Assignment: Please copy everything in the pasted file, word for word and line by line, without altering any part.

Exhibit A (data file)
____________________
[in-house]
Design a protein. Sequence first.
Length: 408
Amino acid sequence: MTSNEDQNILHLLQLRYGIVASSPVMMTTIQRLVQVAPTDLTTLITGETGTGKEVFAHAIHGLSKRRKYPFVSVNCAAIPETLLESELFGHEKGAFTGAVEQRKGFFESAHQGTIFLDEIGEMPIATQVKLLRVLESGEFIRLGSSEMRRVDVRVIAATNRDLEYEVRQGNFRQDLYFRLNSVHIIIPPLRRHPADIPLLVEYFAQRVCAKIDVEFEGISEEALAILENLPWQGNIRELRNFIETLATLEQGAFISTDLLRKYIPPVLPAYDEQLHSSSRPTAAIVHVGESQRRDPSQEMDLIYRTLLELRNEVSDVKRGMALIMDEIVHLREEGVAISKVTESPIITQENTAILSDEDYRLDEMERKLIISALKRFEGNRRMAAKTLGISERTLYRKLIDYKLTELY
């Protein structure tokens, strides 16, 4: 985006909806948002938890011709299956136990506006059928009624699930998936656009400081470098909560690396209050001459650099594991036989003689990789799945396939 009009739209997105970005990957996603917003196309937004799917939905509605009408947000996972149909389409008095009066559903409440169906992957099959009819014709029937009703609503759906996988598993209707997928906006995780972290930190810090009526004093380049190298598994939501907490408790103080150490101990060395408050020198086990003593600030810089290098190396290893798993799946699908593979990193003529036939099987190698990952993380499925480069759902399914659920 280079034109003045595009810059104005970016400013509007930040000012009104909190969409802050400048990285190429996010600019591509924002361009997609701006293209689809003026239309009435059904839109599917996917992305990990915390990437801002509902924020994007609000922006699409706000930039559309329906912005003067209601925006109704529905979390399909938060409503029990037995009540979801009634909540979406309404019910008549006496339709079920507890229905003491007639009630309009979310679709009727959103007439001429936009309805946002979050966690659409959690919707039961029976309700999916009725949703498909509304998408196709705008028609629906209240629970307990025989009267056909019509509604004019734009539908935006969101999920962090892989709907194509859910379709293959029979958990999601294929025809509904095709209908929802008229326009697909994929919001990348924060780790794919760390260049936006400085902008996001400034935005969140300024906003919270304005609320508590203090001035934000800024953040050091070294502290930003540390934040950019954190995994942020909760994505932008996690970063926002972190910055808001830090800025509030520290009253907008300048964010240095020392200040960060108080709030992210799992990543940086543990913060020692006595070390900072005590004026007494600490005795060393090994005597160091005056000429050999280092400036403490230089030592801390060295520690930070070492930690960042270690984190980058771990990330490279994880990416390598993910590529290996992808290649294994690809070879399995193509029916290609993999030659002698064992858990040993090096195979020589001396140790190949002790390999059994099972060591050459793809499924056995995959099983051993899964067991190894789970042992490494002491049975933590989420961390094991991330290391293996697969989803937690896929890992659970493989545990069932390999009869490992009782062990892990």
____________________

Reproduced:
[in-house]
Design a protein. Sequence first.
Length: 408
Amino acid sequence: MTSNEDQNILHLLQLRYGIVASSPVMMTTIQRLVQVAPTDLTTLITGETGTGKEVFAHAIHGLSKRRKYPFVSVNCAAIPETLLESELFGHEKGAFTGAVEQRKGFFESAHQGTIFLDEIGEMPIATQVKLLRVLESGEFIRLGSSEMRRVDVRVIAATNRDLEYEVRQGNFRQDLYFRLNSVHIIIPPLRRHPADIPLLVEYFAQRVCAKIDVEFEGISEEALAILENLPWQGNIRELRNFIETLATLEQGAFISTDLLRKYIPPVLPAYDEQLHSSSRPTAAIVHVGESQRRDPSQEMDLIYRTLLELRNEVSDVKRGMALIMDEIVHLREEGVAISKVTESPIITQENTAILSDEDYRLDEMERKLIISALKRFEGNRRMAAKTLGISERTLYRKLIDYKLTELY
């Protein structure tokens, strides 16, 4: 985006909806948002938890011709299956136990506006059928009624699930998936656009400081470098909560690396209050001459650099594991036989003689990789799945396939 009009739209997105970005990957996603917003196309937004799917939905509605009408947000996972149909389409008095009066559903409440169906992957099959009819014709029937009703609503759906996988598993209707997928906006995780972290930190810090009526004093380049190298598994939501907490408790103080150490101990060395408050020198086990003593600030810089290098190396290893798993799946699908593979990193003529036939099987190698990952993380499925480069759902399914659920 280079034109003045595009810059104005970016400013509007930040000012009104909190969409802050400048990285190429996010600019591509924002361009997609701006293209689809003026239309009435059904839109599917996917992305990990915390990437801002509902924020994007609000922006699409706000930039559309329906912005003067209601925006109704529905979390399909938060409503029990037995009540979801009634909540979406309404019910008549006496339709079920507890229905003491007639009630309009979310679709009727959103007439001429936009309805946002979050966690659409959690919707039961029976309700999916009725949703498909509304998408196709705008028609629906209240629970307990025989009267056909019509509604004019734009539908935006969101999920962090892989709907194509859910379709293959029979958990999601294929025809509904095709209908929802008229326009697909994929919001990348924060780790794919760390260049936006400085902008996001400034935005969140300024906003919270304005609320508590203090001035934000800024953040050091070294502290930003540390934040950019954190995994942020909760994505932008996690970063926002972190910055808001830090800025509030520290009253907008300048964010240095020392200040960060108080709030992210799992990543940086543990913060020692006595070390900072005590004026007494600490005795060393090994005597160091005056000429050999280092400036403490230089030592801390060295520690930070070492930690960042270690984190980058771990990330490279994880990416390598993910590529290996992808290649294994690809070879399995193509029916290609993999030659002698064992858990040993090096195979020589001396140790190949002790390999059994099972060591050459793809499924056995995959099983051993899964067991190894789970042992490494002491049975933590989420961390094991991330290391293996697969989803937690896929890992659970493989545990069932390999009869490992009782062990892990």